“I believe that Sunbeam’s corporate decision to standardize on NX technology from early conceptual and industrial design, through detail design and to prototype manufacture, gives the company a significant competitive advantage, in terms of its speed to market and ability to implement change quickly at any stage in the product development process,” says Dennis Colusso, plm director.
Sunbeam and plm go back a long way. “We have a good, amicable relationship,” Freeman says. “At a fundamental level, we believe their product is good, and it doesn’t need to be sold to us because it sells itself. It does what we want it to, and plm has the facilities and resources in place, which is great for us. We’ve got people we can call if we need consultation, and if we have issues, they can be accelerated through the system. NX and plm really give our designers an edge.”
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Sunbeam is Australia’s most trusted small appliance brand. Sunbeam has been manufacturing quality small appliances since 1921. Known for some of the most innovative products to hit the Australian market, Sunbeam products cover food preparation, cooking, personal care, home health, home comfort and laundry.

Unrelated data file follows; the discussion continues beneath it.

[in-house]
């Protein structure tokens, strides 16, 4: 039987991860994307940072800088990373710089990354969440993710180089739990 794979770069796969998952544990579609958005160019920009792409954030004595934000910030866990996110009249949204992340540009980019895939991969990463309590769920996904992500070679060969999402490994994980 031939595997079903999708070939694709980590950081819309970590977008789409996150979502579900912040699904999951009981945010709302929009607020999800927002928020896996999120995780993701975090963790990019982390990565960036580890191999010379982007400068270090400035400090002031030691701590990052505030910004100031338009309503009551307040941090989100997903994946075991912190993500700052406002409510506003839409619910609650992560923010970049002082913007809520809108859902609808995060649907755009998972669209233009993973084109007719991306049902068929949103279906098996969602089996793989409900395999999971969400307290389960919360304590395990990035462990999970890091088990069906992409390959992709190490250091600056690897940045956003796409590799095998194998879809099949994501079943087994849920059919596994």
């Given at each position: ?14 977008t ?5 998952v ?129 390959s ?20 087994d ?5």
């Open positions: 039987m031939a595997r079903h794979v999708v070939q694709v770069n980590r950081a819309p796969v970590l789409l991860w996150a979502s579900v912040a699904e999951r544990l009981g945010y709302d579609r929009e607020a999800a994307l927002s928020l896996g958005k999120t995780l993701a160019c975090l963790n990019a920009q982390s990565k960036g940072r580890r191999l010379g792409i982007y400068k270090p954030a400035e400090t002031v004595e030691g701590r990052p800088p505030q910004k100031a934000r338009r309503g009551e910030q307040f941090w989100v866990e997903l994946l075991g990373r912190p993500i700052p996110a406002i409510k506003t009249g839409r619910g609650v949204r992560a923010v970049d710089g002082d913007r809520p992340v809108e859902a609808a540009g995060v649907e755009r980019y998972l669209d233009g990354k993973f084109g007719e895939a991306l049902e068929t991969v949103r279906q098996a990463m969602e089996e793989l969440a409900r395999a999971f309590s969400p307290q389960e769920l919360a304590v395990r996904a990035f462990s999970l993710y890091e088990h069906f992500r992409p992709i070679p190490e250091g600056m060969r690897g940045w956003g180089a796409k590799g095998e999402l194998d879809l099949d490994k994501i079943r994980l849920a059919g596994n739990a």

Botany, New South Wales
"Some projects involve surfaces which are extremely complex, and previously we have had to outsource these to design consultancies. Some of our irons and kettles, such as the Quantum range, have surfaces that are incredibly complicated and it is for products like these that we will be using NX Shape Studio."
Director of Design and Product Development